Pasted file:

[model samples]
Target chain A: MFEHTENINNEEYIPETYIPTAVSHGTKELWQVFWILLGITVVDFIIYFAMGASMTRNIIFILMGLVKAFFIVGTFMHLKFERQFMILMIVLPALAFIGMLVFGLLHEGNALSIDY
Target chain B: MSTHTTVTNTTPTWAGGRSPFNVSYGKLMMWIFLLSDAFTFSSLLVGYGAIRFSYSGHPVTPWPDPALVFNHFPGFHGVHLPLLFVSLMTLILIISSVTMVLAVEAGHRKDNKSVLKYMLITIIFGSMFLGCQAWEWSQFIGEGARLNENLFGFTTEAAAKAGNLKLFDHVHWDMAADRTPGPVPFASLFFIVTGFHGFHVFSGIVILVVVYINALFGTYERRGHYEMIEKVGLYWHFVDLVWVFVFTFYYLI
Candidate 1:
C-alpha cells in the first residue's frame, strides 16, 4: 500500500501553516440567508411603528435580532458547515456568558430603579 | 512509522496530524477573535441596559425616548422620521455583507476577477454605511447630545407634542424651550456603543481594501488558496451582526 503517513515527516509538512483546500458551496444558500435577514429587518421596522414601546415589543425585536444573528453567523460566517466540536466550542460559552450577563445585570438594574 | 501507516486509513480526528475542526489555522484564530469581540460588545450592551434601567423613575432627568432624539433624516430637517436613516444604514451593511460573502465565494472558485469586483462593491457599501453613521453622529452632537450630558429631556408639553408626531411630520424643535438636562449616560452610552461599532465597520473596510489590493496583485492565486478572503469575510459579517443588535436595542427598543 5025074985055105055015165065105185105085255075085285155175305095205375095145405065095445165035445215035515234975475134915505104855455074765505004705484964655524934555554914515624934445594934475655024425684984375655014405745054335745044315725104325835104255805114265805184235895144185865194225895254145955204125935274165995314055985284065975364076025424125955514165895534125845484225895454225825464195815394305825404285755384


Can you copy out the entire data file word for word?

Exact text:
[model samples]
Target chain A: MFEHTENINNEEYIPETYIPTAVSHGTKELWQVFWILLGITVVDFIIYFAMGASMTRNIIFILMGLVKAFFIVGTFMHLKFERQFMILMIVLPALAFIGMLVFGLLHEGNALSIDY
Target chain B: MSTHTTVTNTTPTWAGGRSPFNVSYGKLMMWIFLLSDAFTFSSLLVGYGAIRFSYSGHPVTPWPDPALVFNHFPGFHGVHLPLLFVSLMTLILIISSVTMVLAVEAGHRKDNKSVLKYMLITIIFGSMFLGCQAWEWSQFIGEGARLNENLFGFTTEAAAKAGNLKLFDHVHWDMAADRTPGPVPFASLFFIVTGFHGFHVFSGIVILVVVYINALFGTYERRGHYEMIEKVGLYWHFVDLVWVFVFTFYYLI
Candidate 1:
C-alpha cells in the first residue's frame, strides 16, 4: 500500500501553516440567508411603528435580532458547515456568558430603579 | 512509522496530524477573535441596559425616548422620521455583507476577477454605511447630545407634542424651550456603543481594501488558496451582526 503517513515527516509538512483546500458551496444558500435577514429587518421596522414601546415589543425585536444573528453567523460566517466540536466550542460559552450577563445585570438594574 | 501507516486509513480526528475542526489555522484564530469581540460588545450592551434601567423613575432627568432624539433624516430637517436613516444604514451593511460573502465565494472558485469586483462593491457599501453613521453622529452632537450630558429631556408639553408626531411630520424643535438636562449616560452610552461599532465597520473596510489590493496583485492565486478572503469575510459579517443588535436595542427598543 5025074985055105055015165065105185105085255075085285155175305095205375095145405065095445165035445215035515234975475134915505104855455074765505004705484964655524934555554914515624934445594934475655024425684984375655014405745054335745044315725104325835104255805114265805184235895144185865194225895254145955204125935274165995314055985284065975364076025424125955514165895534125845484225895454225825464195815394305825404285755384